Jack Anderson: An Appreciation

The muckraking outsider never gave a damn about entree

The "social calendar" is now among the foremost pervasive journalistic drives, Massing writes: "The most popular [event] is the White House Correspondents' Dinner. This year, hundreds of the nation's top journalists showed up at the Washington Hilton to mix with White House officials, military brass, Cabinet chiefs, diplomats, and actors. Laura Bush's naughty Desperate Housewives routine, in which she teased her husband for his early-to-bed habits and his attempt to milk a male horse, was shown over and over on the TV news; what wasn't shown was the journalists jumping to feet and applauding wildly.

"Afterward, many of the journalists and their guests went to the hot post-dinner party, hosted by Bloomberg News. On his blog, The Nation's David Corn described arriving with Newsweek's Mike Isikoff. Seeing the long line, Corn feared he wouldn't get in, but suddenly"—thank God!—he was "whisked" into the "entourage" of a media celebrity who had entree.

It was left to current-day muckraker Jon Stewart to speculate what the media celebrities and the political elite might be saying to each other: "Deep down, we’re both entrenched oligarchies with a stake in maintaining the status quo—enjoy your scrod."

The key word here, I believe, is "entree"—whether it is Judith Miller's entree to Scooter Libby, Michael Wolff getting the right table at Michael's or being mentioned on Page Six, David Corn's entree to the right after-party, or the beat repeater's entree to the two o'clock briefing. Entree at the cost of honest journalism. Entree as an end in itself.

Jack never gave a damn about entree. That alone cannot make you a truly great investigative journalist. But it is the first step toward even having a shot at becoming one.

The irony was that without seeking it, indeed disdaining it, Jack always had entrée anyway. But unlike the Judith Millers and Bob Woodwards he never had to give anything up in return. He gained access through secretaries, assistants, and anonymous staffers. He gained entree, and entry—and taught us how to gain them—through obtaining the confidential papers of those who would not talk to us. He gained entree through seduction and intimidation. One of the most outside journalists got us the most inside.

He may have gained entry through the back door instead of the front door, but he gained entree for us.

People simply feared to deny him in any case. Everyone called him back. Everybody called you back simply because you worked for him. One time, when I was reporting and writing a series of columns about American corporations doing business with the genocidal regime of then Ugandan dictator Idi Amin, someone associated with a group of anti-Amin exiles brought me an interesting cache of documents from inside Amin’s regime, including minutes of the dictator’s cabinet meetings.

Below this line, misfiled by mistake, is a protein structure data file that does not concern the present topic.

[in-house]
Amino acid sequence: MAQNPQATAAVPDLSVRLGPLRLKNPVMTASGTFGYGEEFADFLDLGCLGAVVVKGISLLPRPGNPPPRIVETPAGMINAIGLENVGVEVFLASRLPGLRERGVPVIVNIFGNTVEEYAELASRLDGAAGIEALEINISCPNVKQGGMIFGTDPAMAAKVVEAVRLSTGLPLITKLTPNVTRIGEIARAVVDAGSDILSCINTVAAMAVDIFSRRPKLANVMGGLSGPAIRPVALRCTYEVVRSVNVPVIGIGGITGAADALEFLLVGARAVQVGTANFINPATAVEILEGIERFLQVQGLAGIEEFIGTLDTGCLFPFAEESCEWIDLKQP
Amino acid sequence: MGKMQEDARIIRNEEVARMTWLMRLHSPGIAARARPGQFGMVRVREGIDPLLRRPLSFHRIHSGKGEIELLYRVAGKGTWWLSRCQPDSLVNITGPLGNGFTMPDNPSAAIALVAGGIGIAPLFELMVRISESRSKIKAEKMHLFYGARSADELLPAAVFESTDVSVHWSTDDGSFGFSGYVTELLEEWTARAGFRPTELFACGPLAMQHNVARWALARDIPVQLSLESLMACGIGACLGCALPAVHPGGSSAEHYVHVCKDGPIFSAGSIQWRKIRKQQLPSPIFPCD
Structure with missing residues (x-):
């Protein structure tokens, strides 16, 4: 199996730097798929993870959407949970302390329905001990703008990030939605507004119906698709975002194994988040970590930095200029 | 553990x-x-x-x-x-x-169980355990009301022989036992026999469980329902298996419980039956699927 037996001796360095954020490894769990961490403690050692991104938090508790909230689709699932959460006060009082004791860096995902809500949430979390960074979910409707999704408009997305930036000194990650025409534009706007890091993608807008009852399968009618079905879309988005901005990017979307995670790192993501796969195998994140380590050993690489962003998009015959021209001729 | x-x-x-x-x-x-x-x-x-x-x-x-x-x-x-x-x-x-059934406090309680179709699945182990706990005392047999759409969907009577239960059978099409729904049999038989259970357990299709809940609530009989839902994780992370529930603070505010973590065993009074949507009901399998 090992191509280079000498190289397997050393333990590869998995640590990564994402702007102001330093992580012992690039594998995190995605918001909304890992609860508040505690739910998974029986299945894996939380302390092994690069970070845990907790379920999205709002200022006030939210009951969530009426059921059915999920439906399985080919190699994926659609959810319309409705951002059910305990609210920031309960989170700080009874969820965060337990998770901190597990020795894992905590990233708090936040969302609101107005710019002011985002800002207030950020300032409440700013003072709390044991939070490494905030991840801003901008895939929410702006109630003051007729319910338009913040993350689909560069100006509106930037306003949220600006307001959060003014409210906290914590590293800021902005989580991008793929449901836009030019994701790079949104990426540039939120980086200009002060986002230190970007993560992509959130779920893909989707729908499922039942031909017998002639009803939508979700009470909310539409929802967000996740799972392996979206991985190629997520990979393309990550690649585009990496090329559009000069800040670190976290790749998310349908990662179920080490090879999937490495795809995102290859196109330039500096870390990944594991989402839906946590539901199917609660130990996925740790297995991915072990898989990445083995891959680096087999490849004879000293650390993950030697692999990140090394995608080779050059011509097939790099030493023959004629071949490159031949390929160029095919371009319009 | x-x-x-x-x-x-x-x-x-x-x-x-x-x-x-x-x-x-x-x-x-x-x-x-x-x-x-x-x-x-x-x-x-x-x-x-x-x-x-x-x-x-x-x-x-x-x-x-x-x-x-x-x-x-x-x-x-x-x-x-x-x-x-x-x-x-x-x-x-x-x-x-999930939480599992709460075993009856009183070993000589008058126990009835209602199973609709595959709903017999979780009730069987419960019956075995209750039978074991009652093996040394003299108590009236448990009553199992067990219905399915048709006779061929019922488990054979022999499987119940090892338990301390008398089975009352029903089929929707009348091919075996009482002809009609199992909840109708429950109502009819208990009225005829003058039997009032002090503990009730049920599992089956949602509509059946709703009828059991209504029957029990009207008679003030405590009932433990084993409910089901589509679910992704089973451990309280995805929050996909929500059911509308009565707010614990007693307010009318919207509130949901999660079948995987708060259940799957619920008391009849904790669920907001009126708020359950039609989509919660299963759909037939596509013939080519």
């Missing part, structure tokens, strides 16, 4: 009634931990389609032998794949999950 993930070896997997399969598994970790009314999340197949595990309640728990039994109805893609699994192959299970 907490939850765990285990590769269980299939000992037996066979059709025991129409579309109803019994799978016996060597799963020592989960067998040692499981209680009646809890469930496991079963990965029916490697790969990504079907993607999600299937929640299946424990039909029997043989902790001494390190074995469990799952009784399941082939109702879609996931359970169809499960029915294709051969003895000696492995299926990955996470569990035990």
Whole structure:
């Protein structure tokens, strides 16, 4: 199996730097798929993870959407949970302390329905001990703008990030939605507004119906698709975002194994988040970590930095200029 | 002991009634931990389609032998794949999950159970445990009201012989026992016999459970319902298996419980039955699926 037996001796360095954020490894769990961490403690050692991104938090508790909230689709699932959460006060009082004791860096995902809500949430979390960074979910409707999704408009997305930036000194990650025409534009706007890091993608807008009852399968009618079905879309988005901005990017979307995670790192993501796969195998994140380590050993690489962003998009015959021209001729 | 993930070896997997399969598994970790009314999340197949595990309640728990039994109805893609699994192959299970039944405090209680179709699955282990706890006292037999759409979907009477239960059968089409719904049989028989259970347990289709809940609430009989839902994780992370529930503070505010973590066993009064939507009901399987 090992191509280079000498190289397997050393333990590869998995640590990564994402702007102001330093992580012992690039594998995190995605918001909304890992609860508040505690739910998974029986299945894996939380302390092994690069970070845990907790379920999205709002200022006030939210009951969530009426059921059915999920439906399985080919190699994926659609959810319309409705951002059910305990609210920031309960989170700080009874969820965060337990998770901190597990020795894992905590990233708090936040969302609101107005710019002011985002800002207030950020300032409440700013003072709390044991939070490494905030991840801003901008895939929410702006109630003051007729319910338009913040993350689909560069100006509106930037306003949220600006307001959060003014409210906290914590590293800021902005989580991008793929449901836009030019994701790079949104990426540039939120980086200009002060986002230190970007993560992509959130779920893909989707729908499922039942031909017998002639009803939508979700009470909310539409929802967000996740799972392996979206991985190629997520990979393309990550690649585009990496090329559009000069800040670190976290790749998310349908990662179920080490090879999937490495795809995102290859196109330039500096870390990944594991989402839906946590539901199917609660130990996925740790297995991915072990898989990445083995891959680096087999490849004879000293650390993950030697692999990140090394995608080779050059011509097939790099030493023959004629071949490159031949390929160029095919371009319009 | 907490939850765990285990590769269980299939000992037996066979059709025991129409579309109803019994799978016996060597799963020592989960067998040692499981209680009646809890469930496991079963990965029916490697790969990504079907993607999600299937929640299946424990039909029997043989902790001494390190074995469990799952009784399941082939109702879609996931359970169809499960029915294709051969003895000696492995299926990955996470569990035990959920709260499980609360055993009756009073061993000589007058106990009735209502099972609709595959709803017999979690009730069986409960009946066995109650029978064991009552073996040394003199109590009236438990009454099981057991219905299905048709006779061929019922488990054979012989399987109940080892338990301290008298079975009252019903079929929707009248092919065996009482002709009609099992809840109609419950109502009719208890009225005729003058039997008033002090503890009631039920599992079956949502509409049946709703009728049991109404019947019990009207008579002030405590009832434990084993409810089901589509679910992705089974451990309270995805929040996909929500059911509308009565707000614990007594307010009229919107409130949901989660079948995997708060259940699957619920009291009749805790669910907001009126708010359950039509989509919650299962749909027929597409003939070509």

Howard Rosenberg, now an intrepid producer at CBS News, was at the time frustrating then President Jimmy Carter by somehow obtaining the confidential minutes of Carter’s cabinet meetings. It was hard to have a better story. Still, I remember teasing Rosenberg: "You have Jimmy Carter’s, I have Idi Amin’s!" But I thought there might not be a way to authenticate the Ugandan papers.

"I’ll get Frank Church on the phone," Jack told me. Frank Church, the senator, chair of the Intelligence Committee, and former presidential candidate, was that rare politician Jack really liked: a muckraker posing as a statesman, and one with subpoena power at that. Not long after, Anderson called me into his office to say he had just spoken to Church, and Church would send our documents over to the CIA to authenticate them.

And then a guy from the CIA called. The papers were real, the CIA guy told me. We went with the story.

The CIA called Jack back because they were afraid of him. And the lesson for the Judith Millers and Bob Woodwards is that you don’t have to compromise at the expense of truth for entree.

In the end he gave us entree into how government really works, into what was going on in our names but without our consent and knowledge.

The series of columns we produced regarding the role of U.S. companies doing business with Idi Amin were instrumental in leading to the imposition of U.S. economic sanctions against the Amin regime, according to the congressman who originally sponsored legislation seeking the sanctions, and other key congressional staffers who worked on the issue. Some historians in turn say the sanctions may have played an instrumental role in Amin’s subsequent overthrow.


Like all of us, Jack coveted acceptance by his peers, but even his one Pulitzer Prize in 1972 for reporting about the Nixon's administration's secret diplomacy with India and Pakistan was a reluctant nod by the journalistic establishment that finally realized it looked foolish ignoring him. A Pulitzer jury had actually recommended an award several years earlier, but the prize’s board pulled it back, afraid it would provide Anderson a platform to criticize the media.

What was always striking to me was the virtual contempt that many in the establishment press had for him. As he aged and the Parkinson’s set in, he attempted to continue the column, perhaps too long. When one of Jack’s columns went unnoticed, Slate blogger Mickey Kaus disdainfully wrote that the silence demonstrated "how unseriously Jack Anderson is taken these days." Kaus’s quote was resuscitated in Jack’s New York Times obit. Since Jack is no longer here to defend himself, I would simply respond by saying that it is better to have been taken seriously for four decades than never at all.

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